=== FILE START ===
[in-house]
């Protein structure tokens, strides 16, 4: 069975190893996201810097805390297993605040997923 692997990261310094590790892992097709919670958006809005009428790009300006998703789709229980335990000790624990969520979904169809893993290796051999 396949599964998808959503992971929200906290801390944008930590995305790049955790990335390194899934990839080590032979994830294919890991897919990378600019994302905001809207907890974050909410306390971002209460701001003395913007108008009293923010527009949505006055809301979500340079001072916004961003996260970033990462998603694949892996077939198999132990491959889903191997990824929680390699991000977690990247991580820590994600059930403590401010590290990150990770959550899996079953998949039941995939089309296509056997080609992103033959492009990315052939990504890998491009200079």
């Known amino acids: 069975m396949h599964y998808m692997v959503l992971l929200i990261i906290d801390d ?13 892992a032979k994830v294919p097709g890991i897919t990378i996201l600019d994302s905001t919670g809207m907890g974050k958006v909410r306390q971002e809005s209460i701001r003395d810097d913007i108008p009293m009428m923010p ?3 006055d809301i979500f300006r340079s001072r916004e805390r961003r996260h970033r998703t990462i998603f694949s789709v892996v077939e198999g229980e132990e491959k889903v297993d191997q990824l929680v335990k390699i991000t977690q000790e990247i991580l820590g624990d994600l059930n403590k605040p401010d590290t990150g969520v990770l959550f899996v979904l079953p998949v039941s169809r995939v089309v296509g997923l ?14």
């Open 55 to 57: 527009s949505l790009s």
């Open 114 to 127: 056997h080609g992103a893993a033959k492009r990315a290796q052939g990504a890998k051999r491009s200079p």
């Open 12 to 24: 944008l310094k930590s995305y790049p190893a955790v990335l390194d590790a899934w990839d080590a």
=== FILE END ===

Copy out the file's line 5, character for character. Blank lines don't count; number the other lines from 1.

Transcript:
């Open 114 to 127: 056997h080609g992103a893993a033959k492009r990315a290796q052939g990504a890998k051999r491009s200079p």